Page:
In the days following his defeat at Brandywine, George Washington was intent on accomplishing two contradictory tasks: (1) protecting Philadelphia from British forces under William Howe and (2) replenishing rapidly dwindling supplies and munitions from stockpiles in Reading, Pennsylvania.
For reasons known only to General Howe, the British did not immediately pursue Washington’s retreating army after the victory of September 11. Instead, Howe remained in camp for several days along Brandywine Creek, then resumed the chase.
Washington received word of the British advance and chose to make a stand at a location on a valley road between Lancaster and Philadelphia. Skirmishing began on September 16 and British forces initiated flanking movements around the American lines. Before the armies were fully engaged, however, rain began and quickly turned into a steady downpour. Powder became wet, making firearms useless. This “battle” in the clouds of rain and fog never developed. Washington withdrew his forces, led his army to Reading for supplies and left behind a small force under Anthony Wayne to harass the presumed British movement toward Philadelphia.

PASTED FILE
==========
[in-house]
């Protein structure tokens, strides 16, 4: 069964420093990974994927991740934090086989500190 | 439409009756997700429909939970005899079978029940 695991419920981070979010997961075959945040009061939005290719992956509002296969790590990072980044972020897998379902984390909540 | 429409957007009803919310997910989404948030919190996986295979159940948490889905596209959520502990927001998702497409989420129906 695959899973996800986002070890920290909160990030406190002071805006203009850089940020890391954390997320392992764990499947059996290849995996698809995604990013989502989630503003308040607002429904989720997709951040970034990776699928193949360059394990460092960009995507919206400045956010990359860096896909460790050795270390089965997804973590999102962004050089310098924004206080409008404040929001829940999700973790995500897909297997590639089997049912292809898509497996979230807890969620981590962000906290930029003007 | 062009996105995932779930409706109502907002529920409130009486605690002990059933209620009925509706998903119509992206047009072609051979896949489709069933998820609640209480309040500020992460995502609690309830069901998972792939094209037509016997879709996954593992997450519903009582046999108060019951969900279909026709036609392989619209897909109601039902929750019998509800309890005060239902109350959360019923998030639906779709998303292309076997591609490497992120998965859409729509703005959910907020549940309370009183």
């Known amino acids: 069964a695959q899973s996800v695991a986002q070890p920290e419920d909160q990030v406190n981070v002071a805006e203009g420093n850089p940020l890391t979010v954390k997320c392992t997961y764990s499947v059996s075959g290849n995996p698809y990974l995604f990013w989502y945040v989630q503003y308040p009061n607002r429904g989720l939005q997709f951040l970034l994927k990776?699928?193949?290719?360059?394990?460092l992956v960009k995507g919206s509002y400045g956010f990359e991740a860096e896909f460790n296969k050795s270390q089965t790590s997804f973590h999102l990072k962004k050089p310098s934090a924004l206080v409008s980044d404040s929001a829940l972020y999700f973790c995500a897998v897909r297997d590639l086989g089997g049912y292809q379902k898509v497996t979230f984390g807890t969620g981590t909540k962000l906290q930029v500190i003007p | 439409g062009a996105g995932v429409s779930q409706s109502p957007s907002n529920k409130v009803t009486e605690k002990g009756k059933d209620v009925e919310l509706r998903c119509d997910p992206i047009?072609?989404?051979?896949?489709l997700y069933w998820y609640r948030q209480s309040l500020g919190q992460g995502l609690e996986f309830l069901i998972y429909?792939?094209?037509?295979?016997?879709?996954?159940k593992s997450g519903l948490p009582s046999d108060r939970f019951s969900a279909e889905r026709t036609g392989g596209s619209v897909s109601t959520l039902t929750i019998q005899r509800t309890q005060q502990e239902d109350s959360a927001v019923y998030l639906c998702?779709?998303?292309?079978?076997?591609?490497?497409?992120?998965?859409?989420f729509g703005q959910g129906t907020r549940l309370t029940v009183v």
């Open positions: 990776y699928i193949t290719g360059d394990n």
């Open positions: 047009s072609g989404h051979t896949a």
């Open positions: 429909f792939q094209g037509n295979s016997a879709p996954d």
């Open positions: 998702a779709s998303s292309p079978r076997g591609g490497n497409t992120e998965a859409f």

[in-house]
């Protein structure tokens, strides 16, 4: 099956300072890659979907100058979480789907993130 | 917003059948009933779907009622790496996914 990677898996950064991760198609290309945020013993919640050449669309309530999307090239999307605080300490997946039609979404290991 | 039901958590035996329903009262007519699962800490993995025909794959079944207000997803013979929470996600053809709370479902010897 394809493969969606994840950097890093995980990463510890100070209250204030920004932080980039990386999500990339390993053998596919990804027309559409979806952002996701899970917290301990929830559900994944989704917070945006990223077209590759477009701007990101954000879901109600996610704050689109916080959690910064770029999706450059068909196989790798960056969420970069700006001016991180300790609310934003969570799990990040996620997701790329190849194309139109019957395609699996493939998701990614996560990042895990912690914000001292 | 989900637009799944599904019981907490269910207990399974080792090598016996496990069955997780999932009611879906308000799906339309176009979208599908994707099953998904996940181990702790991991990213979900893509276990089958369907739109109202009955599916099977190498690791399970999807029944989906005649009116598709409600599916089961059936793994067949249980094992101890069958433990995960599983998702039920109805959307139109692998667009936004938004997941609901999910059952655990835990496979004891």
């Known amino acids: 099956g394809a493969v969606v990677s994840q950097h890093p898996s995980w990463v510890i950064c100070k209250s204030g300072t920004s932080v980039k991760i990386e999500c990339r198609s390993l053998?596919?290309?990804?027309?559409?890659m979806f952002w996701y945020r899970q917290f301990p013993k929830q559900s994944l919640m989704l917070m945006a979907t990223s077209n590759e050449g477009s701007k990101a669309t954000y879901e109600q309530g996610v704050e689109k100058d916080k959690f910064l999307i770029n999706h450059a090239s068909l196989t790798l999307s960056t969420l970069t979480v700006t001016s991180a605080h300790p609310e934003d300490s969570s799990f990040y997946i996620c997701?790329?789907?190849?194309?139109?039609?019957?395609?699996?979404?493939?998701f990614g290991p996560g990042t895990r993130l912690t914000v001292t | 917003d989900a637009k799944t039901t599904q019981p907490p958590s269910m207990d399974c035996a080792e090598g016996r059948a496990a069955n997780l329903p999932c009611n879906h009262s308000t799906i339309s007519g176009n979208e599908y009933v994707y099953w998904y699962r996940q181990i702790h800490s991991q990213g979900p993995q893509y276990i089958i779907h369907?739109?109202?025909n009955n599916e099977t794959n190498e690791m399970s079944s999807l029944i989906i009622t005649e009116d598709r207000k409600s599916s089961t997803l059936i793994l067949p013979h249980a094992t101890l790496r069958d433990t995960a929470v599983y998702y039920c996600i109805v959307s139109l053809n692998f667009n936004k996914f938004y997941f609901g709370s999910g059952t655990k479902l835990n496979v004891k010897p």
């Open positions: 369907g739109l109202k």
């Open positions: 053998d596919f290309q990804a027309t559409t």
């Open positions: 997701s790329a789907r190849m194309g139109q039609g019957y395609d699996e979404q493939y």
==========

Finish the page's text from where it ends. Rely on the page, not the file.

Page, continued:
Howe’s army found it nearly impossible to follow Washington over the rutted, muddy roads. The decision was made to wait out the storm, then move toward their objective.
Wayne established a camp near Paoli, where he would be surprised by a British raid a few days later.